Paula Chin in Legal/Financial on February 23, 2021
Here's news that's sure to get a chilly reception on Billionaires' Row and other pricey New York City neighborhoods: the pied-à-terre tax is back on the table in Albany. The controversial luxury surcharge on high-dollar, non-primary residences within New York State, originally proposed in 2013, has been rejected numerous times, in large part over questions of how co-ops, which pay a single tax bill, would handle the surcharge, which is supposed to apply to specific owners.
Sponsors of the bill now pending before the state Legislature – which was reintroduced as New York City faces a huge tax revenue shortfall due to the coronavirus pandemic – have come up with an answer that won’t make anyone happy: The burden will fall on co-op boards to collect the extra money from absentee shareholders and pass it along to the state. Meanwhile, the brokerage community is up in arms, arguing that the proposed tax will have a devastating impact on the city’s already reeling real estate market.
“The legislation is so absurd, I don’t know where to begin,” says Stuart Saft, a partner at the law firm Holland & Knight who co-founded the NYC Homeowners Coalition last November. The group's first action was to lobby against the bill, which calls for imposing an annual fee, beginning on July 1, 2021, that would range from 0.5% to 4% of the market value above $5 million for one- to three-family non-primary residences, and 10% to 13.5% percent of the assessed value above $300,000 for condo and co-op units, which roughly correlates to a market value of $5 million, according to the convoluted calculations the city uses to levy property taxes.
“There are two problems here,” Saft says. “First, the assessed value for a co-op is a guess because its taxes are based on comparable rental buildings.” The second problem is how the city will determine unit value, since co-op apartments are not individually assessed.
“It seems they’re going to take the entire building value, divide it by the number of shares, and multiply each apartment by its allocated shares,” says Martha Stark, a former city finance commissioner who is one of the bill’s staunchest opponents. Even so, the $300,000 figure is “totally arbitrary,” she adds, pointing out that because assessed property values vary so widely, no one is exactly sure at what value the pied-à-terre tax would actually begin. “It could hit properties valued as little as $1.5 million,” Stark says.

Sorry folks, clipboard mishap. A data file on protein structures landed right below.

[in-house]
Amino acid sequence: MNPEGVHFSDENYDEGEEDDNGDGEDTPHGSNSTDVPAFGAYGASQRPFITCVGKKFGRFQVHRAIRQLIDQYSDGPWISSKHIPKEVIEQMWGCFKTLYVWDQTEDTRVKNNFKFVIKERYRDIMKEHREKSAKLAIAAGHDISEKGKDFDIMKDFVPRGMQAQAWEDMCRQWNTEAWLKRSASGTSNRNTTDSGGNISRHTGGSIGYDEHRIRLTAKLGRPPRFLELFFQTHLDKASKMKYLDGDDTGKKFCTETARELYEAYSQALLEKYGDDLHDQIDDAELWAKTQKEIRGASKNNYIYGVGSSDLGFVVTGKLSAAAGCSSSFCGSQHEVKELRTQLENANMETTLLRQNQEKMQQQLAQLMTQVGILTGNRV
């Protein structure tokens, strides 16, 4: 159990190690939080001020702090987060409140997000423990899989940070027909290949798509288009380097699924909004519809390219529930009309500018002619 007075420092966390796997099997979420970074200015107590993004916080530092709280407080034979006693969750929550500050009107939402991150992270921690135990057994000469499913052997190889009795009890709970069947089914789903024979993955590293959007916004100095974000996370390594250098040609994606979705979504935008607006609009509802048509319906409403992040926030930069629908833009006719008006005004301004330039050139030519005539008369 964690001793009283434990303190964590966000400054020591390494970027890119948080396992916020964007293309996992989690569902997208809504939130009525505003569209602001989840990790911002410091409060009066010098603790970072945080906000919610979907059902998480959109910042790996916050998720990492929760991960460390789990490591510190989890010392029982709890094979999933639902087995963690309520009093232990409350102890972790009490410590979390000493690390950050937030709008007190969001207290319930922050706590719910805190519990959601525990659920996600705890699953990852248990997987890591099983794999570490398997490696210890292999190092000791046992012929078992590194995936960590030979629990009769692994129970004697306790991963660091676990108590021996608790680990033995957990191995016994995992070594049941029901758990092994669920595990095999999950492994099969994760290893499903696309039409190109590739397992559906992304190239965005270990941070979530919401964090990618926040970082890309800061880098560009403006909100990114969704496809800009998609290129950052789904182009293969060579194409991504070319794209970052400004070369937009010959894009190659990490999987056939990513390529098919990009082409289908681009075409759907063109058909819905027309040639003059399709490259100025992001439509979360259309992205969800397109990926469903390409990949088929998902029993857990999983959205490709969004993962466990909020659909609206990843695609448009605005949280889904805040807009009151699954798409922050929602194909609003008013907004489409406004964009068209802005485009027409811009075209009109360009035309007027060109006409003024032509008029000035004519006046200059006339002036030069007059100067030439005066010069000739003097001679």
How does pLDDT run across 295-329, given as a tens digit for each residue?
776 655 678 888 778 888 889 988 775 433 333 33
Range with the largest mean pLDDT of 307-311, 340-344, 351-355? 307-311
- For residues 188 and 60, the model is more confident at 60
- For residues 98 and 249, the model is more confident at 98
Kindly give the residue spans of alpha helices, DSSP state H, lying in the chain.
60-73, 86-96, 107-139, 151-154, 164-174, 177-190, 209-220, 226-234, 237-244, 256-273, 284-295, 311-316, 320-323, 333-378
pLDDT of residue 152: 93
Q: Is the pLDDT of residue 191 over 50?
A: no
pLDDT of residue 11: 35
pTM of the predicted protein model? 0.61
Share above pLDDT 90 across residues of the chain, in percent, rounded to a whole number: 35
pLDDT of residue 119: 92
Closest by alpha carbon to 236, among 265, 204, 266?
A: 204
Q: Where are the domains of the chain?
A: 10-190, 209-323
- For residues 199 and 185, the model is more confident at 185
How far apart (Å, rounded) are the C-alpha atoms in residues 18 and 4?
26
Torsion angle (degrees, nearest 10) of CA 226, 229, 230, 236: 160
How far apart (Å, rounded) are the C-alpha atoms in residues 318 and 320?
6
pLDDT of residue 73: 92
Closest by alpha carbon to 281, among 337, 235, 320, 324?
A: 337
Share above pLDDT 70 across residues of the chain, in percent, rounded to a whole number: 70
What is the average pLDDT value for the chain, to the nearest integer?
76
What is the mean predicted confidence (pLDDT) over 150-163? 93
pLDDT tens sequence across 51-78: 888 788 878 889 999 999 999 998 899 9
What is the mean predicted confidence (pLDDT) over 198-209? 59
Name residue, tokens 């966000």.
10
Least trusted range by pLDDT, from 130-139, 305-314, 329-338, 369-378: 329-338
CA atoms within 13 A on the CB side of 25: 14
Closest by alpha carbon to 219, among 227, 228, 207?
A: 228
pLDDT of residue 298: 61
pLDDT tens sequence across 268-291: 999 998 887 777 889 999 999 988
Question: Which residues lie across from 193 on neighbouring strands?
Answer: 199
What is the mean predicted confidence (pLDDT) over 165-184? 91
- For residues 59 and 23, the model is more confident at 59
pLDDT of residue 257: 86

Indeed, the surcharge could adversely affect co-op and condo owners who are far less wealthy than the millionaires – and billionaires – it supposedly targets. “A longtime New York resident whose apartment has appreciated in value over time, and who is now retired on a fixed income and living more than six months a year in Florida, will be taxed,” Saft says. “It doesn’t make any sense.”
Proponents of the bill claim that the mechanism is in place for determining residency. “New York City already has information about whether a property is used as a primary residence, like the New York City income tax, the co-op and condo tax abatement, the STAR property tax exemption and the Senior Citizen Homeowners’ Exemption,” says Sen. Brad Hoylman, the Manhattan Democrat who first introduced the bill. However, the legislation leaves the details of establishing primary residence – defined as spending at least 184 days in the city – to the Department of Finance (DOF).
For pied-à-terre tax opponents, the forecast looks grim. The legislation languished when Republicans controlled Albany, but now that Democrats have taken over the State Senate, the tax looks more likely to pass, in the view of Carl Cesarano, a principal at the accounting firm Cesarano & Khan: “You’ve got a majority that is basically of the opinion that people of high net worth should pick up the tab.”
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